The combination of the thrill of her new business idea and wanting to meet people in the community got Cooley behind the wheel of the truck that keeps her company alive.

Choosing the truck was an intentional choice, and Cooley found the right fit after an intense search on Facebook Marketplace.

“It felt like the perfect mix of me and also the environment of Owensboro, with it being a community that’s pretty focused on farming and agricultural way of life.” Cooley said. “It’s kind of like a theme here …. If you are a farmer or if you know a farmer, I just felt like the hard-working, down to earth farm truck would resonate with some of our audience.”

The Mobile Meadow features a variety of large roses, sunflowers and daisies, while having other “fun” options like thistles and amaranths.

Oftentimes, Cooley likes to sell dried ingredients such as bunny tail grass, among other surprises.

“I always try to have a little bit of something that you might not have expected,” Cooley said.

One of the main services that Cooley offers is a “Build-Your-Own-Bouquet Bar,” which she replicated from another flower truck business in Nashville.

“You have all these different types of flowers (that) are priced by the stem, and the customer is encouraged to build their own bouquet,” Cooley said. “I was inspired by seeing that, and it was my experience about how happy flowers make me. I wanted to share that with others.”

The bar has been a hit with the public, despite initial apprehensions.

“People are usually kind of quick to discount their own creativity and go, ‘I don’t know what to do. I can’t do this. Can you help me with this?’ ” Cooley said. “I’m always like, ‘Oh, I’m happy to help you,’ but I see people always have a much better time than they expected.”

Cooley wants to encourage customers to be creative and make something that is personal to them.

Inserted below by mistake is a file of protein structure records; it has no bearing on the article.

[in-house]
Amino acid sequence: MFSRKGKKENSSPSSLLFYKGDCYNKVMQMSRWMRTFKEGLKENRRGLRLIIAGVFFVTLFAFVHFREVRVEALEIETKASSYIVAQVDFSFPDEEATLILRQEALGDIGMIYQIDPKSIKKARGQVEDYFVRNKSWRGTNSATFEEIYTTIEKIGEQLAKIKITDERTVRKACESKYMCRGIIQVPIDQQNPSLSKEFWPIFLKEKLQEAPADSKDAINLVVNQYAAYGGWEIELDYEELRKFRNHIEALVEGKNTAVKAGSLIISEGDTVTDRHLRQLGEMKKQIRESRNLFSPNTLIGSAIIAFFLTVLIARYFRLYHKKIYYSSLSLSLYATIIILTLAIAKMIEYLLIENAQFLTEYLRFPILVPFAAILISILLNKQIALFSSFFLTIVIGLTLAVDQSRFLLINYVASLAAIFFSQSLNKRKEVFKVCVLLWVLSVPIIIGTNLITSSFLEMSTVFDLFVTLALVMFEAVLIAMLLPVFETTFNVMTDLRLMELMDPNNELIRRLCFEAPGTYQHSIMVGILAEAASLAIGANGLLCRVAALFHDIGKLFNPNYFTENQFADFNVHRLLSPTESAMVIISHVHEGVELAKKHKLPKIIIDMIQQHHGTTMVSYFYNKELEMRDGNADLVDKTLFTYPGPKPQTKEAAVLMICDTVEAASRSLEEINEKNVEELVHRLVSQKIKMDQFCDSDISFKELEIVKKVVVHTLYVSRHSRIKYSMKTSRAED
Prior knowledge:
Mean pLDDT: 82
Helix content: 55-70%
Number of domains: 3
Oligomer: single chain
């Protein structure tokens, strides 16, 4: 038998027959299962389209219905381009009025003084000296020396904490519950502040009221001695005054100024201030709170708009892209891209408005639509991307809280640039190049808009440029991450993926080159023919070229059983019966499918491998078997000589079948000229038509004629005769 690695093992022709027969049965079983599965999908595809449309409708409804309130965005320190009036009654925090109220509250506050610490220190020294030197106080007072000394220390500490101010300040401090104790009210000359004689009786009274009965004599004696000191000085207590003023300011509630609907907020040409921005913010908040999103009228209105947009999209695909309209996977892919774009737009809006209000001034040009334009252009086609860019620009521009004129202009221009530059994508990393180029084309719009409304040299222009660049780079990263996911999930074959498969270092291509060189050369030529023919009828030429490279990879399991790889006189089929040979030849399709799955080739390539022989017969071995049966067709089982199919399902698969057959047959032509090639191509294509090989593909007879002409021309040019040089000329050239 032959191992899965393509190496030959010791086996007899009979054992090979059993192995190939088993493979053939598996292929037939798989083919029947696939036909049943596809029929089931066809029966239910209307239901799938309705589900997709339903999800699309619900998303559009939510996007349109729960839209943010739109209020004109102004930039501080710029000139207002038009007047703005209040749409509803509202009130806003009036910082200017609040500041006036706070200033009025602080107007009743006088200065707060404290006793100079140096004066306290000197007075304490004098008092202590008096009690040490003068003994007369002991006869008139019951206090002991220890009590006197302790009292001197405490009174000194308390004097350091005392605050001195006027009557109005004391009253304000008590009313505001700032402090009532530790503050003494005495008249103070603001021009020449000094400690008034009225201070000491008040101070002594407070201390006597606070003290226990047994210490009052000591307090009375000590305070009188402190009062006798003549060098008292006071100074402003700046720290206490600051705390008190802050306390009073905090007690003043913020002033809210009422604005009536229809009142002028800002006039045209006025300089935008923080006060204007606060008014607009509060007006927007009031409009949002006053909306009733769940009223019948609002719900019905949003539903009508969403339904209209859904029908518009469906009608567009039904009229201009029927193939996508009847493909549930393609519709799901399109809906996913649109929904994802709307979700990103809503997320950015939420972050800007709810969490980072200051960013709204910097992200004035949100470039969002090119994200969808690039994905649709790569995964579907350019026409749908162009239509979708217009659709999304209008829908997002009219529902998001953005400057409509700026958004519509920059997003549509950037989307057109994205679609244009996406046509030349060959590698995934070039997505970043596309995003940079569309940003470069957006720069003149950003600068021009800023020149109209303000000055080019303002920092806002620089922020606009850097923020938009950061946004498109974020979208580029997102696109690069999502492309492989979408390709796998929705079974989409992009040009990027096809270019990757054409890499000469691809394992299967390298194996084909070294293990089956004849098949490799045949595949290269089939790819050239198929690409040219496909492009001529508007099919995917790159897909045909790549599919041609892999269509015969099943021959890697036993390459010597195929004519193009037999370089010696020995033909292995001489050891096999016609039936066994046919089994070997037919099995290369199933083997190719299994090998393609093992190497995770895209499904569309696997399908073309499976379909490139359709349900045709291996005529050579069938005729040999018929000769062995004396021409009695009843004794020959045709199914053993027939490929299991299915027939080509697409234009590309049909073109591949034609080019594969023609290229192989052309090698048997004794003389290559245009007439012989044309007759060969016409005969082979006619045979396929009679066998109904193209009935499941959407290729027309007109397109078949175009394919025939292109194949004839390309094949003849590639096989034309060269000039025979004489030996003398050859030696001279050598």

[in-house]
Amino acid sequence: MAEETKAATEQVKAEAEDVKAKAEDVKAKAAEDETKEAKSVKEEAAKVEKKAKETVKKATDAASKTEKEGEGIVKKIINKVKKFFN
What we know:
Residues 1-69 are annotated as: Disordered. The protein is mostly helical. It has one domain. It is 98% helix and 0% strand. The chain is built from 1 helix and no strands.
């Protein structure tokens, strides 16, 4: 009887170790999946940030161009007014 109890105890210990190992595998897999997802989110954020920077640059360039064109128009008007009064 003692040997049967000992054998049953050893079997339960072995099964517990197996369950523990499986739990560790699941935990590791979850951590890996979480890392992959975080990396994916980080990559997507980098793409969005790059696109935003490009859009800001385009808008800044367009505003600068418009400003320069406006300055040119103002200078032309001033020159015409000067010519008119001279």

“It’s so special because that person’s bouquet is unique to them,” Cooley said. “There’s likely some special meaning behind it, like if their mom grew (a certain flower) or if a flower was in their wedding, or if it’s their favorite color …. They’re always really proud of it.

“People … don’t normally get to arrange their flowers in their day-to-day life. You might pick up a bouquet at Kroger, but I think you don’t get to express your own creativity. I want to encourage people to come to the truck, pick out your favorite flowers, pick out your favorite colors, think about texture, and the environment that the flowers are going to be sitting — we can put together something really fun.”

Cooley is proud to be a part of a growing business community.

“I always respected the way that a small business affects the fabric of the town,” Cooley said. “Small businesses build culture.”

Cooley is keen on keeping the business and her passion alive.

“It’s important that I keep a little piece of myself and not totally put it away,” Cooley said. “I want to be true to myself and keep this little spark, creativity and this small business I love alive.”

Freddie Bourne,

Freddie Bourne,